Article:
Paul D. Wilson, left, is a member in the law firm of Mintz, Levin, Cohn, Ferris, Glovsky & Popeo, P.C. in Boston, where his practice focuses on real estate and land use litigation, often about the development of subsidized housing.
Benjamin B. Tymann, right, is a litigation associate at Mintz, Levin, Cohn, Ferris, Glovsky & Popeo, P.C., in Boston and a co-author with others at that firm of the Low- and Moderate-Income Housing chapter in The Massachusetts Zoning Manual, MCLE's classic hornbook.
Wilson and Tymann represented the permit applicant who prevailed in Planning Bd. of Hingham v. Hingham Campus LLC, as well as the developers in other subsidized housing cases mentioned in this article.
As any Massachusetts resident who keeps current on the local news knows, the commonwealth's Anti-Snob Zoning Act, M.G.L. c. 40B, ßß 20-23, commonly known as Chapter 40B, has become a lightning rod for controversy in many Massachusetts cities and towns. The political battle over this statute, which was crafted by the legislature 34 years ago to promote affordable housing by creating a uniform, mandatory and unconventional "comprehensive permit" process, is being waged with particular vigor in suburban communities across the eastern part of the state where the demand for affordable housing is great, developable land is scarce and the long-cherished tradition of home rule is strong. As demonstrated time and again over the past few years, this volatile combination of demographic and political realities can make for unusually rough sledding for affordable housing developers bringing Chapter 40B applications in these suburban towns.
In response to growing pressure from local officials and other citizens disgruntled with Chapter 40B, suburban legislators have taken up the anti-Chapter 40B cause at the State House, filing many bills that would tinker with Chapter 40B, or even wipe Chapter 40B off the books entirely. So far, Chapter 40B has emerged largely unscathed, as the changes to the law have been confined to some regulatory softening.
Because the legislature has declined to perform major surgery on Chapter 40B, town officials have sought relief from the judicial branch - even in the face of the Supreme Judicial Court's warning last year that "[t]he solution to [a perceived Chapter 40B] problem ... lies with the Legislature." Zoning Bd. of Appeals of Wellesley v. Ardemore Apartments Ltd., 436 Mass. 811, 828 (2002). Some recent municipal tactics intended to frustrate the development of affordable housing have been clever enough to earn the admiration even of jaded developers' counsel. For example, a year ago, in a case in which the authors of this article represented the developer, the Natick Zoning Board of Appeals tried to justify a comprehensive permit denial by arguing that Chapter 40B does not even apply in Natick because Natick has already met its statutory obligations under Chapter 40B by devoting 1.5 percent of its developable land area to affordable housing. See M.G.L. c. 40B, ß 20.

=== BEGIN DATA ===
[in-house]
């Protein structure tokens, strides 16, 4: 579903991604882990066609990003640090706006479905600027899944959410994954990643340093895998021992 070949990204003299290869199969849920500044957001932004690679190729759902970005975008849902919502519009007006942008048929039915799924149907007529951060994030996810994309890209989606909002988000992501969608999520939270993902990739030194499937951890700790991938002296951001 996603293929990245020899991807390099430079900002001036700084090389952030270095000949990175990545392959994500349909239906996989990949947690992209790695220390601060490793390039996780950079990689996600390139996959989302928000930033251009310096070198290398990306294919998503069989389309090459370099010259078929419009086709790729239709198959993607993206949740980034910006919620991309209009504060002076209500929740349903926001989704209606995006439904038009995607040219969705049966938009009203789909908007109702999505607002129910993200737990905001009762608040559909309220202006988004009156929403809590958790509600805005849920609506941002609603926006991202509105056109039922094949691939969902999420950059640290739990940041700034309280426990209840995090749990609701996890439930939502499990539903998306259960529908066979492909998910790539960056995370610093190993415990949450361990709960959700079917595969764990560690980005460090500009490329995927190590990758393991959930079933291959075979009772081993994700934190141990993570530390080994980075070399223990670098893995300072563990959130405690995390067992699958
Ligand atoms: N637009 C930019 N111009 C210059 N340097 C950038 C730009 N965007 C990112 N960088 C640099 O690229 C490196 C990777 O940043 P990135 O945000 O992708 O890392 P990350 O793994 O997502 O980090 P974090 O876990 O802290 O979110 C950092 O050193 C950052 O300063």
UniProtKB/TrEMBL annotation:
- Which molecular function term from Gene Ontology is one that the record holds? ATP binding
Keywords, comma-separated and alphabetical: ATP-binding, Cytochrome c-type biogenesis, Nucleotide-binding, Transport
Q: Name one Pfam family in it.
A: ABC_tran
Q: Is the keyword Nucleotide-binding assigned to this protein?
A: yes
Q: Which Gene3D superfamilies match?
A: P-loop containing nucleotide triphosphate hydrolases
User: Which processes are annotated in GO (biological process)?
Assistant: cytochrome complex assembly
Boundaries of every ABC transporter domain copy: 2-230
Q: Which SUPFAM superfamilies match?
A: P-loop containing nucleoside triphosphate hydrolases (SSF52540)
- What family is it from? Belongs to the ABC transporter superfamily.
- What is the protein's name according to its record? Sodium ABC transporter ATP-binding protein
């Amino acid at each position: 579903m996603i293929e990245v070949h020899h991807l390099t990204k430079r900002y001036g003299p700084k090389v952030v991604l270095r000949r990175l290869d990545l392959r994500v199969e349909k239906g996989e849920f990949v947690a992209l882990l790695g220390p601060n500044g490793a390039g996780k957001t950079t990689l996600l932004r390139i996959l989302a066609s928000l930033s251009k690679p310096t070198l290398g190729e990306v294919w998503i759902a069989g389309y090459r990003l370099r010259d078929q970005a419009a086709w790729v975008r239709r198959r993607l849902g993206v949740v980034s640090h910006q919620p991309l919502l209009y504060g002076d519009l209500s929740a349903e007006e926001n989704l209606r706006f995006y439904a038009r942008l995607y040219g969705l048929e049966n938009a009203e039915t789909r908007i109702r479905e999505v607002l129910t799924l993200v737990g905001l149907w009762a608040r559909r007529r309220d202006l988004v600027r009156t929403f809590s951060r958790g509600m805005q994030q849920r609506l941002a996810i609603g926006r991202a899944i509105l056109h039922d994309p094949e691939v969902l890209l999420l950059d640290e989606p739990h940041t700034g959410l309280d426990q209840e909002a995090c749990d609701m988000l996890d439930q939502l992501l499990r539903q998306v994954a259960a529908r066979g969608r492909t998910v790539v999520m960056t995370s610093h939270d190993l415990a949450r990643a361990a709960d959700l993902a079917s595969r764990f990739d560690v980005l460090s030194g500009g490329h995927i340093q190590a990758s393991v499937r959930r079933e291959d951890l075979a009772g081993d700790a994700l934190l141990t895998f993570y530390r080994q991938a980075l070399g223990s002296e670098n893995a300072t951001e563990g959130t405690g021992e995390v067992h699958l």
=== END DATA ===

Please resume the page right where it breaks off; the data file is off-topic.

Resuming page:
At an evidentiary hearing before the Housing Appeals Committee, it soon became obvious how a town with only half of the statutorily required subsidized units managed to cover all of its statutorily required land area with those units. As "low or moderate income housing sites," Natick was counting all 97 acres occupied by two condominium complexes, even though 1,140 of a total of 1,149 units in those complexes were market rate condominiums. In what was, not surprisingly, a case of first impression, the Housing Appeals Committee ruled that Natick had not satisfied its Chapter 40B obligations. Cloverleaf Apartments, LLC v. Natick Bd. of Appeals, No. 01-21 (Housing Appeals Comm. March 4, 2002). Thus, municipalities can no longer dream of escaping Chapter 40B simply by purchasing one condominium unit in a large complex, devoting it to affordable housing, and then engaging in creative accounting.
In other towns, where the Zoning Board of Appeals ("ZBA") actually has granted comprehensive permits, disgruntled town officials have used a blunter weapon. In at least five other cases (two of them very well known to the authors of this article, who served as developer's counsel in these cases), the ink was not even dry on the comprehensive permit before other town boards or officials raced off to court to appeal that permit, in the hope that delays inherent in the court system might kill the proposal. Now, however, the Supreme Judicial Court has called a halt to that particular municipal obstructionist tactic in Planning Bd. of Hingham v. Hingham Campus LLC, 438 Mass. 364 (2003).
The Hingham Campus case
This account of the Hingham Campus case - which, in the interest of full disclosure, is written by the lawyers who represented the developer, Hingham Campus - is not just about the Supreme Judicial Court's ultimate holding in the case, but also about the unusually fast track that the case traveled to get before the SJC. For many projects, especially subsidized housing developments built on thin profit margins, the delays brought on by litigation can be so costly as to spell the project's doom. Therefore, for Hingham Campus, the speed with which it could get the Hingham Planning Board's appeal favorably, and finally, resolved was of great importance. Given that the developer was arguing that obstructionist town officials could not be allowed to kill subsidized housing developments by using the delay inherent in court proceedings, it would be ironic if Hingham Campus were forced to abandon its project because municipal officials with no standing had kept the permit tied up in the court system too long.